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Counts, Dorothy (1942– )

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Dorothy Counts was one of the first black students admitted to the Harry Harding High School in Charlotte, North Carolina, as part of the initial effort to desegregate schools in that city. After the four days of harassment by white students that she faced alone, her parents, Dr. and Mrs. Herbert Counts, withdrew her from the school over concern for her safety. When the other three black students withdrew as well, the attempt at desegregation failed.

In 1956 forty black students applied to transfer to white schools across the state, despite the implementation of the Pearsall Plan proposed by the North Carolina Advisory Committee on Education (The Pearsall Committee) to delay desegregation in the state in response to the U.S. Supreme Court’s ruling of racial segregation as unconstitutional in Brown v Broad of Education (1954). Charlotte, North Carolina, since the beginning of the twentieth century, was completely segregated. That segregation included all of its public schools, public accommodations, and neighborhoods. During the summer of 1957, however, the Charlotte School Board agreed to voluntary desegregation to avoid federal- or state-ordered mandates.

On September 4, 1957, Counts, who was fifteen at the time, was one of the four black students who volunteered to be transferred to all-white schools in the district. She was the only black student assigned to Harry Harding High School. On the first day she was scheduled to attend, harassment began. Much of it was orchestrated by leaders of the segregationist White Citizens Council which urged the boys attending the school to block her entry and the girls of the school to spit on her.  

Counts walked to the Harding High School through angry crowds who hurled insults, and some threw rocks and others spat on her. More abuse followed when she entered the school on her first day. Trash was thrown at her in the lunch room while teachers ignored the incident. On the second day, two white female students who had befriended her were now subject to harassment as well. Counts’s family also received threatening phone calls. After four days of harassment, her father decided to take her out of the school.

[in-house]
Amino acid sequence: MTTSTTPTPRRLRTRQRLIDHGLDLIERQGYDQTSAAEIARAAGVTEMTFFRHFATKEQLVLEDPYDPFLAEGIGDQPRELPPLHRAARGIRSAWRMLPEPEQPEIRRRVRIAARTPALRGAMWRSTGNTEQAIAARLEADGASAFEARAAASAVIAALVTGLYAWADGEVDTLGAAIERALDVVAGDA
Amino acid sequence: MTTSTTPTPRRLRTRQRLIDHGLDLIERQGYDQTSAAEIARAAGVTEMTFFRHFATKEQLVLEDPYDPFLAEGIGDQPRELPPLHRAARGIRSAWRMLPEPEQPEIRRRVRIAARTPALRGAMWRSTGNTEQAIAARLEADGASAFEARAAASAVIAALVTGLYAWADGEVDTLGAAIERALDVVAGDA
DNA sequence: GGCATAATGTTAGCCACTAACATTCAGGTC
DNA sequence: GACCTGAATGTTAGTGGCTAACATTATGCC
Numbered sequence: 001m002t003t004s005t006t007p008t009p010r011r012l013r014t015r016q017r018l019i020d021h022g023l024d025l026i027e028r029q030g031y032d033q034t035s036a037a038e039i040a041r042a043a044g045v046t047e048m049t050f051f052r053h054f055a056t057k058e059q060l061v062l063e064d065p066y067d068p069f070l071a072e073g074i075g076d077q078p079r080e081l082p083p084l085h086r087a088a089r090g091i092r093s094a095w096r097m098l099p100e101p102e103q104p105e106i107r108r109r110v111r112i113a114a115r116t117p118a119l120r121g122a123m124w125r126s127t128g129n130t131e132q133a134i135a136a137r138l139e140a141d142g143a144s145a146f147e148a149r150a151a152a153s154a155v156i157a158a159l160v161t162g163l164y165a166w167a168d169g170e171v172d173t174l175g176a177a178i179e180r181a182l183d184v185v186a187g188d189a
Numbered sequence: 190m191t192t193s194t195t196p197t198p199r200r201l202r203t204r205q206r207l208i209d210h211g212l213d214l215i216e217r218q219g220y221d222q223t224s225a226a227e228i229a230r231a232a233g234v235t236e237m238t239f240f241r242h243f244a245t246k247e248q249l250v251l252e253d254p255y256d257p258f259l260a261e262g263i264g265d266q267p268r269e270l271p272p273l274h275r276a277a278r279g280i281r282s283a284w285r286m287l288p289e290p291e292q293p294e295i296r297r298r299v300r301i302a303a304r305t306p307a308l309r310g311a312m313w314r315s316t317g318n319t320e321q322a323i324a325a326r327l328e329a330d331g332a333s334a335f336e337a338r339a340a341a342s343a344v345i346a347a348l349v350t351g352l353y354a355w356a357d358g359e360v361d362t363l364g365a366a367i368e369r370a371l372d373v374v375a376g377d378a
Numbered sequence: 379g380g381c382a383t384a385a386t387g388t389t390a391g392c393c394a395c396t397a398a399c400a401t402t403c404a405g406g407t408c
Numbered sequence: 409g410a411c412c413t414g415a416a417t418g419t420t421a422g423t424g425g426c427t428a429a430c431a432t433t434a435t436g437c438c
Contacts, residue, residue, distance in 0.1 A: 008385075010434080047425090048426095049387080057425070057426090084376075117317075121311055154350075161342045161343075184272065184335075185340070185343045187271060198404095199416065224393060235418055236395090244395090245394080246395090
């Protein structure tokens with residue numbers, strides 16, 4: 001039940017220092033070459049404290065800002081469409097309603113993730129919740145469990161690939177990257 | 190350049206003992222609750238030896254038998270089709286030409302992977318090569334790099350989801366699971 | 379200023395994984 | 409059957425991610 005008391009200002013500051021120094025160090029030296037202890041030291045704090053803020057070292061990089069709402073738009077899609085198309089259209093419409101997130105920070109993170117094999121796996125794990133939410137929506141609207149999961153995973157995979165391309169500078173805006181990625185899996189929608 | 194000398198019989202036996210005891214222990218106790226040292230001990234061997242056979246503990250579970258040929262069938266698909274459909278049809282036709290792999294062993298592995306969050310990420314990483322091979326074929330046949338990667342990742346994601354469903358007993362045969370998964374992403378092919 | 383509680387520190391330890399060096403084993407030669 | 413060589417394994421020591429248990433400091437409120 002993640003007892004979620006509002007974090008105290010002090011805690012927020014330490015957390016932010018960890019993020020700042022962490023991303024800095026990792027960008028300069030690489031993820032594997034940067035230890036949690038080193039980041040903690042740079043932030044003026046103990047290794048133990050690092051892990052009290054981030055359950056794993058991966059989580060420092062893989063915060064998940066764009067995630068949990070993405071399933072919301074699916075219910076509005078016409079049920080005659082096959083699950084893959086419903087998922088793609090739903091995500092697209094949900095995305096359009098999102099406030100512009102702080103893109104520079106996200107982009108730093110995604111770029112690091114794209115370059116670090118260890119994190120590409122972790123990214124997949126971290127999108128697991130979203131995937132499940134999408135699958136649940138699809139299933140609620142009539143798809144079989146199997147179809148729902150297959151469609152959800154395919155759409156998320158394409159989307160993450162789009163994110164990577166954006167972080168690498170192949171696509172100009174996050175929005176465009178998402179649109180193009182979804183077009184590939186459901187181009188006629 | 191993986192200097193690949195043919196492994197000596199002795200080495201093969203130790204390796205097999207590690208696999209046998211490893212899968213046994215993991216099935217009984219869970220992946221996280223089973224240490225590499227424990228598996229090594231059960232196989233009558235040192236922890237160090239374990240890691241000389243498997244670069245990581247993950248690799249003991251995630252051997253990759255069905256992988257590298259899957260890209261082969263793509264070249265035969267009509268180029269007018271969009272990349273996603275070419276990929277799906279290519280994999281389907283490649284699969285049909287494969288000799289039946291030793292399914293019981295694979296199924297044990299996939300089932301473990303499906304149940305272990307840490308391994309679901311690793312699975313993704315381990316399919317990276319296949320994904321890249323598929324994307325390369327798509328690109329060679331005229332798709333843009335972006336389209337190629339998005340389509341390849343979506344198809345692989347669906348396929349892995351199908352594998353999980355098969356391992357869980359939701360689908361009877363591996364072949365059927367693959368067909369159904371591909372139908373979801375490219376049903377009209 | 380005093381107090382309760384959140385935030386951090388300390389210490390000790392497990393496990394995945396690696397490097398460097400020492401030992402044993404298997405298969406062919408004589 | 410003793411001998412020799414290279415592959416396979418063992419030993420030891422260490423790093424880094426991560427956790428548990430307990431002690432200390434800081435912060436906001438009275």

Unlike Little Rock High School in Little Rock, Arkansas, where nine black students integrated the school almost at the same time as Counts, they had entered under a court order and were protected for one year by hundreds of U.S. Army soldiers. Counts, who attended Harding High School alone, received no protection and very little media attention.

Counts’s parents sent her to Philadelphia to continue her education in an integrated school. In 1961 she returned to Charlotte to attend John C. Smith University from which she earned a degree in 1965. Counts then began her professional career in childcare services. She worked in church-based childcare centers that served low-income families. She was also part of a nonprofit organization in Charlotte called Child Care Resources Inc. which advocated for better child care.

In 2008 Harding High School awarded Counts an honorary diploma. In 2010 Counts received a public apology from one member of the crowd who had harassed her in 1957. Later in 2010, Harding High School renamed its library in honor of Dorothy Counts.

Sources:
“Dorothy Counts,” Charlotte Magazine, http://www.charlottemagazine.com/Charlotte-Magazine/August-2010/Where-are-They-Now/Dorothy-Counts/; “Dorothy Counts,” The Charlotte Observer, http://www.charlotteobserver.com/latest-news/article10455449.html; “Dorothy Counts” Beyond Black and White, http://www.beyondblackwhite.com/dorothy-counts-brave-sense-duty/.

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